Interview Questions for Accountant

Accountant’s aid in the financial decision making process. They compile information, correct discrepancies and report a company’s position. Ideal candidates will be ethical, thorough and possess strong bookkeeping skills. Avoid disorganized or dishonest applicants.

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We’ve compiled the most frequently asked accounting interview questions along with what we believe are the best answers.

1. Why did you select accounting as your profession?

Well, I was quite good at accounting throughout, but in my masters, when I got a distinction, I decided to adopt this field as a profession.

2. Do you have any professional experience in this field?

Yes, I have worked as an accountant at two different places.

3. If I had only one statement and wanted to review the overall health of a company which statement would I use and why?

Cash is king. The cash flow statement gives a true picture of how much cash the company is generating. That being said, it’s important to note that all three statements truly are required to get a full picture of the health of a company.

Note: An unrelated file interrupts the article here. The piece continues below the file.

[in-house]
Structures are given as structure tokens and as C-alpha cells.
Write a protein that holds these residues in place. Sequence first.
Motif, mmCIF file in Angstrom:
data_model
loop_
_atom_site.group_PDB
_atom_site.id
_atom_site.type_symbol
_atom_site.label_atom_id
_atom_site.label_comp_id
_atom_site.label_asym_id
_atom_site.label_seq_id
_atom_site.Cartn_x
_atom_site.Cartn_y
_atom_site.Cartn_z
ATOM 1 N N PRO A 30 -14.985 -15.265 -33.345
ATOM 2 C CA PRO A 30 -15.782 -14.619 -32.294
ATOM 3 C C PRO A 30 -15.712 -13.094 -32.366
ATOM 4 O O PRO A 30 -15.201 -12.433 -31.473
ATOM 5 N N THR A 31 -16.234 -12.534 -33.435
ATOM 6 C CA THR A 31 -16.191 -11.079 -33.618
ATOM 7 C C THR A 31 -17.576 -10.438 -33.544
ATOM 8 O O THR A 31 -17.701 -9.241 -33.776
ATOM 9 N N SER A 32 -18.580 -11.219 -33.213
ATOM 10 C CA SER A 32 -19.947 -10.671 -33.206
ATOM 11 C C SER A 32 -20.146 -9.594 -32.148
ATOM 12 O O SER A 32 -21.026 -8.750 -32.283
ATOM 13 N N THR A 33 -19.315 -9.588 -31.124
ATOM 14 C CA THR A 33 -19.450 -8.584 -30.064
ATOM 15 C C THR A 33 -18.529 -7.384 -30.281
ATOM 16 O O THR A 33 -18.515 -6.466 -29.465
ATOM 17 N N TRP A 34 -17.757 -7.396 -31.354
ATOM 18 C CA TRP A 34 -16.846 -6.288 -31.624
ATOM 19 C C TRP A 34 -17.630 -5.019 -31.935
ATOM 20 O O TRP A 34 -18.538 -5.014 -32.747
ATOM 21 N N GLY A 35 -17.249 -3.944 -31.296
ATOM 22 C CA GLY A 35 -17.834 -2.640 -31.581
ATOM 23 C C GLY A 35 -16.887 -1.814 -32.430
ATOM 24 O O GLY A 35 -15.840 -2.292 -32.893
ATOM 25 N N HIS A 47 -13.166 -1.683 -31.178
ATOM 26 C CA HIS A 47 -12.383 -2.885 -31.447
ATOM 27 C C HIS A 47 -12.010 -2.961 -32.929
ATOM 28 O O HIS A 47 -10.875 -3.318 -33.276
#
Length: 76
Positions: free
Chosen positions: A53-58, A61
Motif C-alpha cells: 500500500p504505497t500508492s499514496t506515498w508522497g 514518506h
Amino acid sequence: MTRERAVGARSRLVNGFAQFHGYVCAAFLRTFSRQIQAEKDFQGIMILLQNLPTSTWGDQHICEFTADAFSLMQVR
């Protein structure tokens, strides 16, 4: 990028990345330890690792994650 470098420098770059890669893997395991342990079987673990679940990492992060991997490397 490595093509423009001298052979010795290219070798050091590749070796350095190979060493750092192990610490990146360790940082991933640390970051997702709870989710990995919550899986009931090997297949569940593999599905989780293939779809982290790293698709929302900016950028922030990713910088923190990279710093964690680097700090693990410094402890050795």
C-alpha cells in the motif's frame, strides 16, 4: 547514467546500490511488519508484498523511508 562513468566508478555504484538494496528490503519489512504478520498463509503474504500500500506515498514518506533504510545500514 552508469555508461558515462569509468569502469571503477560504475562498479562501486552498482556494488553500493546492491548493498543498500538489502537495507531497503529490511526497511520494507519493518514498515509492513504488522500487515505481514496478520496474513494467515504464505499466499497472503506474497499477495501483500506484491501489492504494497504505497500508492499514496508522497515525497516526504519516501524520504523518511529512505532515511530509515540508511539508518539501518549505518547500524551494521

4. Did you use accounting applications at your previous companies or prefer working manually?

Yes, I have used Advanced Business Solutions and AME Accounting Software in my previous jobs.

5. What is your experience with developing business metrics?

This question can help you evaluate entry-level business or financial analyst candidates all the way up to mid-career professionals who aspire to roles that come with budget and staff oversight responsibilities.

6. Describe any accounting process that you’ve developed or sought to improve?

If you’re still early in your career, you may not have developed any processes yet, but you should be ready to demonstrate that you can innovate. In my role at ABC Company, I discovered that the process for handling company travel reimbursements for the sales team was so difficult and time-consuming that everyone’s expense reports came in late.

7. Can you name any other accounting application?

Yes, I am familiar with CGram Software, Financialforce, Microsoft Accounting Professional, Microsoft Dynamics AX and Microsoft Small Business Financials.

8. What does having negative working capital mean?

Negative working capital is a sign of efficiency in businesses with low inventory and accounts receivable. In other industries, negative working capital may signal a company is facing financial trouble.

9. Which accounting application you prefer most and why?

I think all are good though, but Microsoft Accounting Professional is best because it offers reliable and fast processing of accounting transactions that saves time and proficiency. It helps with financial analysis as well

10. What’s the difference between deferred revenue and accounts receivable?

Deferred revenue represents cash received from customers for services or goods not yet provided. Accounts receivable represents cash owing from customers for goods/services already provided.

11. What are three examples of common budgeting methods?